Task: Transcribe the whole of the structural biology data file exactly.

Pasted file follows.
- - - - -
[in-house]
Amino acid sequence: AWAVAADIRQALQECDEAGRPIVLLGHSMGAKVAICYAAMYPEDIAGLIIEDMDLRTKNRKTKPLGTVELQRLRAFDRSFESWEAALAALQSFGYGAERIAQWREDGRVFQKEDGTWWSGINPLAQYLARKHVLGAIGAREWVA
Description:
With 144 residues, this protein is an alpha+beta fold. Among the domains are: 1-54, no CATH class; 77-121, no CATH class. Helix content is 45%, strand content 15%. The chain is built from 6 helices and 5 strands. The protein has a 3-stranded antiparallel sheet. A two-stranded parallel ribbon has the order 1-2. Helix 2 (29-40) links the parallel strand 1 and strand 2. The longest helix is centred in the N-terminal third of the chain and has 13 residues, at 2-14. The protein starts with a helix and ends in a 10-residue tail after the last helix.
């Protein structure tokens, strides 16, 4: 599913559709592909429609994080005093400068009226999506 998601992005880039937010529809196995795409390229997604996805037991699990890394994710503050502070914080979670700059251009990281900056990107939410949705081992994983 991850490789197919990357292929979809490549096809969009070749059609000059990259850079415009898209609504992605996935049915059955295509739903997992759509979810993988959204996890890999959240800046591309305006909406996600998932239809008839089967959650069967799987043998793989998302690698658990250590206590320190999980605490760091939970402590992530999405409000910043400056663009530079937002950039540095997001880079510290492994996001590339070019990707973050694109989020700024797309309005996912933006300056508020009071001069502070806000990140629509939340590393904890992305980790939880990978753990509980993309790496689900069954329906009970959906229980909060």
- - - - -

[in-house]
Amino acid sequence: AWAVAADIRQALQECDEAGRPIVLLGHSMGAKVAICYAAMYPEDIAGLIIEDMDLRTKNRKTKPLGTVELQRLRAFDRSFESWEAALAALQSFGYGAERIAQWREDGRVFQKEDGTWWSGINPLAQYLARKHVLGAIGAREWVA
Description:
With 144 residues, this protein is an alpha+beta fold. Among the domains are: 1-54, no CATH class; 77-121, no CATH class. Helix content is 45%, strand content 15%. The chain is built from 6 helices and 5 strands. The protein has a 3-stranded antiparallel sheet. A two-stranded parallel ribbon has the order 1-2. Helix 2 (29-40) links the parallel strand 1 and strand 2. The longest helix is centred in the N-terminal third of the chain and has 13 residues, at 2-14. The protein starts with a helix and ends in a 10-residue tail after the last helix.
């Protein structure tokens, strides 16, 4: 599913559709592909429609994080005093400068009226999506 998601992005880039937010529809196995795409390229997604996805037991699990890394994710503050502070914080979670700059251009990281900056990107939410949705081992994983 991850490789197919990357292929979809490549096809969009070749059609000059990259850079415009898209609504992605996935049915059955295509739903997992759509979810993988959204996890890999959240800046591309305006909406996600998932239809008839089967959650069967799987043998793989998302690698658990250590206590320190999980605490760091939970402590992530999405409000910043400056663009530079937002950039540095997001880079510290492994996001590339070019990707973050694109989020700024797309309005996912933006300056508020009071001069502070806000990140629509939340590393904890992305980790939880990978753990509980993309790496689900069954329906009970959906229980909060």